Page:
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Apple Debuts New Data and Privacy Website in Europe Ahead of GDPR Effective Date

Today, Apple unveiled a new data and privacy website to comply with the European Union’s GDPR legislation that goes into effect on May 25th. The site allows users to copy and correct personally identifiable information associated with their Apple IDs and deactivate or delete their accounts. Although the new copy and deactivation options are only available in the EU, they will be rolling out throughout the remainder of the year to the rest of the world.

The changes to privacy.apple.com expand significantly on the previously-available options to correct your data or delete your account. Obtaining a copy of your account data takes up to one week, during which time Apple says it verifies that you made the request. Users can check on the status of their data at privacy.apple.com/account and are notified by Apple when their data is available to download.

The list of data users can download is long, but does not include purchased content such as apps, books, music, and video or Apple Online Store transaction histories and marketing communications histories, which are available elsewhere. According to the site, each of the following categories of data can be copied and downloaded:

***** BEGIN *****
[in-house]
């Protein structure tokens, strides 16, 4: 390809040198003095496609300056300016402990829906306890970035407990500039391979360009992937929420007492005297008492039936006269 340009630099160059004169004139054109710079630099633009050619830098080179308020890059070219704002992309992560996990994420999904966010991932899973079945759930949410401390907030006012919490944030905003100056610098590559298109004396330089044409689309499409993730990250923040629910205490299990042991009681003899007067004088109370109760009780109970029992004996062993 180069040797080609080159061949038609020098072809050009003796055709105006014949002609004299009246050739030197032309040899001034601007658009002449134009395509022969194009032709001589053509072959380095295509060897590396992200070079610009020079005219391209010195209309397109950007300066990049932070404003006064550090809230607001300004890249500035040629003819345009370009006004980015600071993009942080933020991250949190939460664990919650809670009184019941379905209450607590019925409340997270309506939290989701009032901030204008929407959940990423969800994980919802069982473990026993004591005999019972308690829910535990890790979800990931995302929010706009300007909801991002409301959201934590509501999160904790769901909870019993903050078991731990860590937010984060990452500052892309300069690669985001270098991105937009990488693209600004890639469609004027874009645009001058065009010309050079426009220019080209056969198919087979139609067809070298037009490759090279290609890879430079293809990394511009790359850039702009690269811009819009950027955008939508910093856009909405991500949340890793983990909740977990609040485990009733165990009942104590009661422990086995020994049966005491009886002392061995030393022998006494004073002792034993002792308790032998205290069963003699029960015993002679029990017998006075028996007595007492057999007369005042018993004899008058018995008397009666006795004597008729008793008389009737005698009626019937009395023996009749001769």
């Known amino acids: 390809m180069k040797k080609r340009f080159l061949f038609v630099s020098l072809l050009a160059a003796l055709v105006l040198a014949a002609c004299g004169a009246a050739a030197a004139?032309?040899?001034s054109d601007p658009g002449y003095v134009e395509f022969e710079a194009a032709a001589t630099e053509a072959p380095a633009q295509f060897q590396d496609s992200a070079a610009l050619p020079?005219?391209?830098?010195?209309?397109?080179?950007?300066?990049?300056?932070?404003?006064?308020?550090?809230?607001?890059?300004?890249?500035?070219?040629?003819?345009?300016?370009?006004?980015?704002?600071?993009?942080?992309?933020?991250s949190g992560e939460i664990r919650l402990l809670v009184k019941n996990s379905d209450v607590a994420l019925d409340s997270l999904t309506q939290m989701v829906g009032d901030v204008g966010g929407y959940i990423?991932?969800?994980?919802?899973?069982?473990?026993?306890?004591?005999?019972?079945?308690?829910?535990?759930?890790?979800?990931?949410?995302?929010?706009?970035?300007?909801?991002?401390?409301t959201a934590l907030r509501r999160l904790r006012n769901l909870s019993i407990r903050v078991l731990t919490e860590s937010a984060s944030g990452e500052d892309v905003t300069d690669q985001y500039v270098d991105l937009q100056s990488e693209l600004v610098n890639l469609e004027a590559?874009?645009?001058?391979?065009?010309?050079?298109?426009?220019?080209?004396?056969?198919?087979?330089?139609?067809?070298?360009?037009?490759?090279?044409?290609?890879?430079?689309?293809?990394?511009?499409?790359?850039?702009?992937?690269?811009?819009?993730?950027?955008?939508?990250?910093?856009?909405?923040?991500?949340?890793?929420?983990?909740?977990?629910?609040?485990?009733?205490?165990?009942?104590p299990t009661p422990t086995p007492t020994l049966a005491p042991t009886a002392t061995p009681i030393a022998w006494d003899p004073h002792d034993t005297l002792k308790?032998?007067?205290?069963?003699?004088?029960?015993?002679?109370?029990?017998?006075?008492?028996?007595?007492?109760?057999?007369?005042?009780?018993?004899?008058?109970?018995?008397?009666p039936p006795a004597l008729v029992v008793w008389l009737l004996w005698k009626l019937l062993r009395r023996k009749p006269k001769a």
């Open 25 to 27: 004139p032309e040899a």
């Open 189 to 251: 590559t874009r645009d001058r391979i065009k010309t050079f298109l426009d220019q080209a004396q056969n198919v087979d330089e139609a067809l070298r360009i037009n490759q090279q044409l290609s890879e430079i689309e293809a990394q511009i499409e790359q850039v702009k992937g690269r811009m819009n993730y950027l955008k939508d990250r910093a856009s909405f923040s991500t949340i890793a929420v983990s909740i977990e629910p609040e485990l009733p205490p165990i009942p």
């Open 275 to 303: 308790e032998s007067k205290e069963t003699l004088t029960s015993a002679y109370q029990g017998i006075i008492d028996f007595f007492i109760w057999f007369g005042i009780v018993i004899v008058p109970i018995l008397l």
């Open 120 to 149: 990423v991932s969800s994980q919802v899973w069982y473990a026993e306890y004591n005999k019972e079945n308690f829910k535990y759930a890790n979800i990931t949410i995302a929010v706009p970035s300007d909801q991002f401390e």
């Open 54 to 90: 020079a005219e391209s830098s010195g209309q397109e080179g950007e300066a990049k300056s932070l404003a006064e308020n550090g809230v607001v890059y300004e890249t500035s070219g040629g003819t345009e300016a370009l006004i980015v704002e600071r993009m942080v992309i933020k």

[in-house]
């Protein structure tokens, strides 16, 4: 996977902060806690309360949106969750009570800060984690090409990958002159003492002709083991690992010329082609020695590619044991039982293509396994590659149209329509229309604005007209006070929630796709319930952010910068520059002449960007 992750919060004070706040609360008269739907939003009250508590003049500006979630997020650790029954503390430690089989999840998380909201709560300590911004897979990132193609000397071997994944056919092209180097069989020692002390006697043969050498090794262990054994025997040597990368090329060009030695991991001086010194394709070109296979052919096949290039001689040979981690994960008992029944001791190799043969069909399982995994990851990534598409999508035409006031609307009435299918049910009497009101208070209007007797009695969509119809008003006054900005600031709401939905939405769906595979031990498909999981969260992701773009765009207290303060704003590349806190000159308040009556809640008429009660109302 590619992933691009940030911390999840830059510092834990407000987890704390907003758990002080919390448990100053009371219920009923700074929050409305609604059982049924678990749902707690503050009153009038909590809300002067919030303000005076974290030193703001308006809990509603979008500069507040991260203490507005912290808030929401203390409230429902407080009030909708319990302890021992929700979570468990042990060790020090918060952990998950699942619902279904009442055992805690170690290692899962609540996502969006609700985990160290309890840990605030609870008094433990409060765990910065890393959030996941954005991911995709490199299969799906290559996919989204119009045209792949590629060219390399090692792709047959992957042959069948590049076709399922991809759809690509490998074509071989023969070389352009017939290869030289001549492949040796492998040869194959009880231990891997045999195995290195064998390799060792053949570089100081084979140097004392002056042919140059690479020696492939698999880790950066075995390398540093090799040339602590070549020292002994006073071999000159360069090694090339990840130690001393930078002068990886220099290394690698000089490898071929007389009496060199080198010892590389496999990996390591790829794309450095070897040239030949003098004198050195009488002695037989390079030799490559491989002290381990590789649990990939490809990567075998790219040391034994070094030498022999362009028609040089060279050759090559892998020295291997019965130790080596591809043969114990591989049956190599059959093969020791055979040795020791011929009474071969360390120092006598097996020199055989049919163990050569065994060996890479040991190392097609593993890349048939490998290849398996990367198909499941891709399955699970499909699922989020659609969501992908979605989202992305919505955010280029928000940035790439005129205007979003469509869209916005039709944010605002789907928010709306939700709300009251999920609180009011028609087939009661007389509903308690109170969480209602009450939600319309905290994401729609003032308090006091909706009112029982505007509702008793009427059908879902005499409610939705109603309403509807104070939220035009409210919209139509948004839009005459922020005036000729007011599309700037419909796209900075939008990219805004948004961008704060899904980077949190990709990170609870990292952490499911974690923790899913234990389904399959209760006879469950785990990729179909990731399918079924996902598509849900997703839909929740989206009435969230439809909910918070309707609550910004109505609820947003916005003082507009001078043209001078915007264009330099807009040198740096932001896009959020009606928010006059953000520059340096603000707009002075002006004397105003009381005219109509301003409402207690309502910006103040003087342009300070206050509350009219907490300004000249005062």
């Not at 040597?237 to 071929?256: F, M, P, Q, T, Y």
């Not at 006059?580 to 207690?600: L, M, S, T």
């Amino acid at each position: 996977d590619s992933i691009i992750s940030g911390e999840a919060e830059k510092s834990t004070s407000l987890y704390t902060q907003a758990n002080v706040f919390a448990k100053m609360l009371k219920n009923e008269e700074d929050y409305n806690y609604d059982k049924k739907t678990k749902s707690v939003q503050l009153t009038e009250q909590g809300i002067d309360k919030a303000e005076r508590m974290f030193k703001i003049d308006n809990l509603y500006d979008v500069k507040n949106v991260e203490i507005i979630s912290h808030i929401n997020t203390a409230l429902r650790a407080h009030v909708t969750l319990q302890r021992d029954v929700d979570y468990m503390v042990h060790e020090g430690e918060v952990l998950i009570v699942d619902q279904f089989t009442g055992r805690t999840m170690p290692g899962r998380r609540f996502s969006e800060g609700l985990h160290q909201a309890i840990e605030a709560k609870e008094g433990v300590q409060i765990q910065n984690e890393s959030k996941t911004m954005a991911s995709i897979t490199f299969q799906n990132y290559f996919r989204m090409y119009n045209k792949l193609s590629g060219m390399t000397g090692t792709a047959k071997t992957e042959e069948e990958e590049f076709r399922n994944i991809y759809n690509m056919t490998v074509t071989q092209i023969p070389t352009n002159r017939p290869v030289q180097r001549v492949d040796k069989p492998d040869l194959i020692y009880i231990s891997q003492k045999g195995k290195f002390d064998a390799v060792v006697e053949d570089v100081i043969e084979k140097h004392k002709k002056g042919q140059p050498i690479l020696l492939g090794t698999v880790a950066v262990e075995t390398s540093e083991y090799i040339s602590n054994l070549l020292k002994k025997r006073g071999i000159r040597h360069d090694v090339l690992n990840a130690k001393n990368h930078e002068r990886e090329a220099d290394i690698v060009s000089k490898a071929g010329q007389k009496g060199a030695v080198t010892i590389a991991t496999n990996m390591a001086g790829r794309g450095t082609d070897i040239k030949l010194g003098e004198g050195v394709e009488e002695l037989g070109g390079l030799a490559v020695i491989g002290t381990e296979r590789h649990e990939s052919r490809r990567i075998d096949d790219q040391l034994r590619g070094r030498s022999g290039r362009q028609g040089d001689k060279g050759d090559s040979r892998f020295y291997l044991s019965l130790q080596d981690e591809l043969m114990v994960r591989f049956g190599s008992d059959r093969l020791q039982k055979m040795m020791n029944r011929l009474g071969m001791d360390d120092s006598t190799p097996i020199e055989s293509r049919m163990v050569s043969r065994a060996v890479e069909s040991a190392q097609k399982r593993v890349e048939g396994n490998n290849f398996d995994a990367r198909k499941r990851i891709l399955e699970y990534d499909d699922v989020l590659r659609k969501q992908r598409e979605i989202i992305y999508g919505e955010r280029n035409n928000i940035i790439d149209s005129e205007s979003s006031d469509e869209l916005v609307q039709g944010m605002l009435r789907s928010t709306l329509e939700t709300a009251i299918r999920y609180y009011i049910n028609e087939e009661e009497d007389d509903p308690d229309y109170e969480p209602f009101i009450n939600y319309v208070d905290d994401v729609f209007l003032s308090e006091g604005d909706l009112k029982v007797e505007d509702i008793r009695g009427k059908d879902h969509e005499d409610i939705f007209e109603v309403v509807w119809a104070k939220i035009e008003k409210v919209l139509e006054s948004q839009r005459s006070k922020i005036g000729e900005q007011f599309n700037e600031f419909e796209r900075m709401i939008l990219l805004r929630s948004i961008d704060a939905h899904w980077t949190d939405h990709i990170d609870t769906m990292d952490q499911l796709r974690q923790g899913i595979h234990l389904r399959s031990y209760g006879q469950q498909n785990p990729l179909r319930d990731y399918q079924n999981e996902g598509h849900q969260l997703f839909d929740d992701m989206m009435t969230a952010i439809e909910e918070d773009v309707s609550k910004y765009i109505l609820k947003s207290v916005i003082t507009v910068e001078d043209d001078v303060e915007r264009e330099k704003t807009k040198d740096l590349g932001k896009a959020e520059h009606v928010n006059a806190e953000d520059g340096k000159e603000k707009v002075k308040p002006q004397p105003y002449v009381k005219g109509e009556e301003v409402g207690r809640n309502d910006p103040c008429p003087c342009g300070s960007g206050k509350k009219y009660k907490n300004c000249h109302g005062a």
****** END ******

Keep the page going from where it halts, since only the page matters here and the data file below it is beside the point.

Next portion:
• App Store, iTunes Store, iBooks Store, and Apple Music activity
  • Apple ID account and device information
  • Apple Online Store and Retail Store activity
  • AppleCare support history, repair requests and more
  • Game Center activity
  • iCloud bookmarks and Reading List
  • iCloud Calendars and Reminders
  • iCloud Contacts
  • iCloud Notes
  • Maps Report an Issue
  • Marketing subscriptions, downloads and other activity
  • Other data

Users can also specify a maximum file size that Apple will use to break the data up into multiple files and warns that iCloud Drive files and documents, iCloud Mail, and iCloud Photos can be large and take a long time to download.

In addition to copying personally identifiable information, users in the EU can deactivate their Apple ID. Unlike deleting an account, which is permanent, deactivating an account makes it unusable but only until the user logs back into privacy.apple.com and reactivates the Apple ID.

GDPR has caused tech companies to rethink how they manage user data and provide tools to those users to access it themselves. Although the data access rights are limited to EU citizens, I’m glad to see that Apple plans to make them available worldwide to all of its customers.

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